ATMs have always been a lucrative target of cybercriminals to get some easy money. But, ATM hack usually required direct physical contact with the machine. Security researchers have now revealed that criminals no longer need to access the machines to load malware as they can remotely take over them exploiting outdated software flaws. Trend Micro and Europol have issued a warning alerting banks of hackers increasingly targeting their networks through phishing campaigns to infect ATMs with malware.
"Over the years, ATM thefts have been undertaken in a variety of ways: from blowing up safes to gluing on skimmers and attaching fake keypads to installing malware executables," security researchers at Trend Micro [PDF] wrote. "In particular, the use of malware in attacking ATMs has seen considerable adoption among cybercriminals, and one of the primary factors contributing to its sustained use is the fact that many of the targeted machines still use outdated operating systems."
Cybercriminals no longer need physical access to load ATM hack malware
Your nearest ATM is probably just a machine attached to a Windows PC, offering several vulnerabilities to attackers. Many of these are running on either obsolete or unsupported operating systems that no longer receive security patches.
"A majority of ATMs installed worldwide still run either Windows XP or Windows XP Embedded. Some of the older ATMs run Windows NT, Windows CE, or Windows 2000.
Microsoft support for Windows XP ended on April 8, 2014. Extended support for Windows XP Embedded ended on Jan. 12, 2016, and extended support for Windows Embedded Standard 2009 is scheduled to end on Jan. 8, 2019."
This latest cyber threat essentially shifts the malware landscape because it is different from skimmers and fake keypads or even malware that is injected on site, as it requires no physical interaction with the machine. The attack starts with a social engineering campaign, but surprisingly many do fall for these phishing emails and tricks.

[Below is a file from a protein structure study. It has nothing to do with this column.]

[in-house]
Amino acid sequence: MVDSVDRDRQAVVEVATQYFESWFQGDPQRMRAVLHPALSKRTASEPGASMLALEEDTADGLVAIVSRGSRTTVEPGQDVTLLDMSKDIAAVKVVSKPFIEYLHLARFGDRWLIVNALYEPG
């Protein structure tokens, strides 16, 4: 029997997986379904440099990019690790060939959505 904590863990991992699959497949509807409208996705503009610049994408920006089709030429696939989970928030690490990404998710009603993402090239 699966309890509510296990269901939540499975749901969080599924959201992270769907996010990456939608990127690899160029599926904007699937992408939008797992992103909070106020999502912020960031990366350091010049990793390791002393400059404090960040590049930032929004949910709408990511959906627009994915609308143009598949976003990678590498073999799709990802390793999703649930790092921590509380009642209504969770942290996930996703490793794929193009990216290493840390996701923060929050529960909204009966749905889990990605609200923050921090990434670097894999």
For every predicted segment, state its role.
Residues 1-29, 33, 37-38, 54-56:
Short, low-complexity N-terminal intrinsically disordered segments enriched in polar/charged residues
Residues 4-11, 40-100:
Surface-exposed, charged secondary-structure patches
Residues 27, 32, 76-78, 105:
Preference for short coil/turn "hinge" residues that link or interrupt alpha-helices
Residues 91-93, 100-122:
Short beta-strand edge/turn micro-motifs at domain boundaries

"There is no indication that the ATMs have been physically tampered with, but still, the machines are found to have been emptied of cash. The machines do not even have to be stationed on shady streets, remote locations, or other unsecured spots to be thus compromised."
The security firm has called the development in network-based ATM heists "unnerving" as "criminals have realized that not only can ATMs be physically attacked, but it is also very possible for these machines to be accessed through the network."
These attacks are also more elaborate and dangerous as criminals can get access to virtually any ATM in the network and they also aren't restricted to working in the dark, hiding from security guards as they are in the onsite attacks. Once the hackers are inside a network, predominantly through malicious executable sent through phishing emails to bank employees, they can move laterally through the network to take over all the ATMs.
It should also be noted that these attacks aren't theoretical as cybercriminals have been taking control of ATMs through malware sent remotely. One prominent case was the attack on the First Commerce Bank in Taiwan where over US $2.4 million was stolen from 22 branches in 2016. The hackers never required to have physical access to the machines.
The report added that "some malware families even have self-deleting capabilities, effectively dissolving most traces of the criminal activity."
- More details in Cashing in on ATM Malware